2007 - Page 1
Moorside Drift Mine
Jotty of pit props ready to be transported into the mine
One small mine continued to operate at Eckington in Derbyshire, employing 27 men working the Flockton seam. The output was transported by road to a power station.
A fossil tree trunk found in the roof of the seam. The gates were supported by wooden props and steel roof girders.
As mentioned earlier, Hatfield in Yorkshire was purchased by a consortium of Russians Kuzbassrazrezugol (KRU, one of largest producers in Russia) with 52% and RJ Budge with 48% of the enterprise and re-opened the colliery in May/June the Barnsley bed with a section of 3.8m coal being reached by drifting down from the higher seam approximately 2,000m from pit bottom and some 6,000 tonnes was produced from the headings in July 2007. Panels are laid out on the retreat system with panel run of around 1,100m. All the roads are roof bolted with no straps to a layer of rock app 5m above the seam. Remedial work continued at the shafts that had to be dewatered before operations could commence. The first face line was driven and installation of chocks carried out in December 2007 with aim of coal production in January 2008. The other developments put on hold. Chris J Daniels (12111) Director of Mining (previously Manager at Clipstone). Around 320 men by Christmas 2007.
Rain, Rain, Rain, Wettest July Since 1750
The country was deluged for weeks on end with rain. There was flooding across several parts. It was the wettest July since records began in 1750. No doubt about it, some of the shallower pits that have closed would certainly have been in trouble. (note late 2013 and early 2014 even more so).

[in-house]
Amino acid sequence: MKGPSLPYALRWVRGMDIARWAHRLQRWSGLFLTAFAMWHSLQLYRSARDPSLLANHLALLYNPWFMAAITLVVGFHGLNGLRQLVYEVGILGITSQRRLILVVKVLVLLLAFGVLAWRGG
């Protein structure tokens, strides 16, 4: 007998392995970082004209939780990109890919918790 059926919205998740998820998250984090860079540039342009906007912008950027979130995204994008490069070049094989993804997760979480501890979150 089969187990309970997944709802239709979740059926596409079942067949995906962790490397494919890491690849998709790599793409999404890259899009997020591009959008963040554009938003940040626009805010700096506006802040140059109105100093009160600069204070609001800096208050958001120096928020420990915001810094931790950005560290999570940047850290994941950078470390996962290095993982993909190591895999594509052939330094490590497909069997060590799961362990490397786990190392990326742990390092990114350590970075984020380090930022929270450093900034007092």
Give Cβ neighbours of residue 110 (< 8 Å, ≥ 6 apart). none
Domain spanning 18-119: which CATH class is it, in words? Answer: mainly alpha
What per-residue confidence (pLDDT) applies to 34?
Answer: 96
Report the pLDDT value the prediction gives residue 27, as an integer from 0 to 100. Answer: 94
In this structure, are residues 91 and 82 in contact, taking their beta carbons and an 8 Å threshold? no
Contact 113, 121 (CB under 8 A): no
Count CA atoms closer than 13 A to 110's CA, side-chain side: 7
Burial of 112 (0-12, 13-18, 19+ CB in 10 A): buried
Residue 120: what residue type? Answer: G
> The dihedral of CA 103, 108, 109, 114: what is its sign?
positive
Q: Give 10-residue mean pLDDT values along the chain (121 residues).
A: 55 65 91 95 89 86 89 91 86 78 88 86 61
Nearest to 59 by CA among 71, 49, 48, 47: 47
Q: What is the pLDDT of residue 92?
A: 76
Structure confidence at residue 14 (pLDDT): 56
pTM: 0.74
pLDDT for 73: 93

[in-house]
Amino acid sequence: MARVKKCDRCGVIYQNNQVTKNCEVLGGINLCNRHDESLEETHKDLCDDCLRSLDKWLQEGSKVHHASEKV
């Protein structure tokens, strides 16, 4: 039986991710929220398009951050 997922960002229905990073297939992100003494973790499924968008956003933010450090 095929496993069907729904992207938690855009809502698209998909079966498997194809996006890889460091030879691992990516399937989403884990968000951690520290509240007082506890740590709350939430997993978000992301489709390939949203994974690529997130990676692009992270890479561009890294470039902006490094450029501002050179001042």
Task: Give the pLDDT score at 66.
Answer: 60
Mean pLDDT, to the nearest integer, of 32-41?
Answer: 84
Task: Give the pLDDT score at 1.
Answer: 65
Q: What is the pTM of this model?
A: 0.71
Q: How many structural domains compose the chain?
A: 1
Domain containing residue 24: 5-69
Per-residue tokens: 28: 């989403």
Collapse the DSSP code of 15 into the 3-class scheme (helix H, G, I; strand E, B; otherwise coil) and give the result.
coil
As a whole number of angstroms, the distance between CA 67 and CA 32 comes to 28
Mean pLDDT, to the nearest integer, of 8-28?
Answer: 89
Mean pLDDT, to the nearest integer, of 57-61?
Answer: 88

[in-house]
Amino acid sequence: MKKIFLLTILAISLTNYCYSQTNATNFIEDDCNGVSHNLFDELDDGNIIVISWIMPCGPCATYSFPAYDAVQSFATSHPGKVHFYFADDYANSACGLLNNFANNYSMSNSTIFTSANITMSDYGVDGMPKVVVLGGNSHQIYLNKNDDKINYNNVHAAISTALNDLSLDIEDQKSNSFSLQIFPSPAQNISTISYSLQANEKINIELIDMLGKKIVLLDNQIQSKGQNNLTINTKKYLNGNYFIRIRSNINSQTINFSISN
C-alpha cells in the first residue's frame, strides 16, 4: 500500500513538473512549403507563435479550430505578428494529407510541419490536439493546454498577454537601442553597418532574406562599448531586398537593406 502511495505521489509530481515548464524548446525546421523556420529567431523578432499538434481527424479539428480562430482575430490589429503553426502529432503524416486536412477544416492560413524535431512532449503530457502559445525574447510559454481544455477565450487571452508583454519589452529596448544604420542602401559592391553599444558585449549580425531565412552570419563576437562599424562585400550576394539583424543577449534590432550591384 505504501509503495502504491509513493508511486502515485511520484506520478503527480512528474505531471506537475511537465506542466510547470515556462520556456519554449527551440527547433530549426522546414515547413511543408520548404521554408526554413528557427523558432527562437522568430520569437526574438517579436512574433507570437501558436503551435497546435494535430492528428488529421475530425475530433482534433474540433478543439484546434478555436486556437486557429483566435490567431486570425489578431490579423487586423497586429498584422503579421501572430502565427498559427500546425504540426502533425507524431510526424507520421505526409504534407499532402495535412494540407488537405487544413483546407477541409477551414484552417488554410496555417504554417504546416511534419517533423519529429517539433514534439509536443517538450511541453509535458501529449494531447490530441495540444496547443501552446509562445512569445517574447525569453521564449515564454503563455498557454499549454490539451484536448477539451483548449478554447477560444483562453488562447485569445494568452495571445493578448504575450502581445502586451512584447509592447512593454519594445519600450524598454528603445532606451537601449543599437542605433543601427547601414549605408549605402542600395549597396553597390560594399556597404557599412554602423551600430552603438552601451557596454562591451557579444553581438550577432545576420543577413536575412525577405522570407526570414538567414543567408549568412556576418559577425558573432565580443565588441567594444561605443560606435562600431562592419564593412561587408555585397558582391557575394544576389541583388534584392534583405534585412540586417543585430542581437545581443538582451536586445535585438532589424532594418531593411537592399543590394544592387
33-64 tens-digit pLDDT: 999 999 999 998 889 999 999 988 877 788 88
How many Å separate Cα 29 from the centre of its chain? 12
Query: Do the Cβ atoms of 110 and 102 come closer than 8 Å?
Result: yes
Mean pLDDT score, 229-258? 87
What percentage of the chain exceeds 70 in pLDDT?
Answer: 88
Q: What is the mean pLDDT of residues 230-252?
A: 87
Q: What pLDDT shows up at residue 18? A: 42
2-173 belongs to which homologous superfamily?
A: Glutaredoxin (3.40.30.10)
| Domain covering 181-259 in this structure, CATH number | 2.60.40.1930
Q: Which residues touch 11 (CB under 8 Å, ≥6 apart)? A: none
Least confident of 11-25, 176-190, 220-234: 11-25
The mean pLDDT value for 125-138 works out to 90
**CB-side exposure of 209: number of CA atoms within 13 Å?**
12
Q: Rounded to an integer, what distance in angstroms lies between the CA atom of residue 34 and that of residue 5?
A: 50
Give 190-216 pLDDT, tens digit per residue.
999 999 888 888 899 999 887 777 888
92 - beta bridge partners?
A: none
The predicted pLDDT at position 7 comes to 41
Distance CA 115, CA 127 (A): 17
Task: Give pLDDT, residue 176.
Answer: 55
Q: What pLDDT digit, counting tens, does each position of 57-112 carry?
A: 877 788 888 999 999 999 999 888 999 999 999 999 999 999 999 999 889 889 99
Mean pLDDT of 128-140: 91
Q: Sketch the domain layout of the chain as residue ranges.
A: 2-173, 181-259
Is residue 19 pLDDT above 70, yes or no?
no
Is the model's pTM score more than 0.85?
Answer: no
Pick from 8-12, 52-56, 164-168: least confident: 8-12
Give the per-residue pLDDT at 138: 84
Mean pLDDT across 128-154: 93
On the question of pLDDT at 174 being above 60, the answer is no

Mercury Found In Fish!
There was further blow to the burning of coal at power stations with emissions into the atmosphere being blamed for a rise in ‘mercury’ found in fish being caught in the seas !!! (Daily Mail September 2007).
Within the mines nowadays various symbols are sited denoting areas where ear defenders are to be worn. Strangely enough, a ride down a shaft affects the ears with the change in pressure and of course the deeper the shaft the apparent affect on the ears gets worse and constant pinching of the nose and gulping generally gets rid of the feeling, although at times causes temporary deafness for a while.
Seeing a miner in working clothes today is even different to when I left the industry. He is dressed generally in orange overalls as then, but now with over-vest with reflective strips, helmet with goggles and ear defenders, dust mask, gloves and possible knee pads but with gaiters to the lower leg and of course steel toe capped boots as before. In addition of course the self-rescuer, battery and cap lamp, and oil lamp and detector if an Official, and now a plastic swipe card instead of brass motty, used both for location at the mine, as well as time keeping for pay. Batteries with LEDs (light emitting diodes) are superseding the traditional rechargeable cell battery and cap lamp with halogen bulb, in general use since 1947.
How the old miners of yesteryear would ‘wonder’ at the ‘dress code’ of today. They were used to pit rags! These were generally dried nightly on the range at the front of the fire to be ready for next day. The reason for the allowance of coal was that there would be no excuse not to turn up on the next shift..!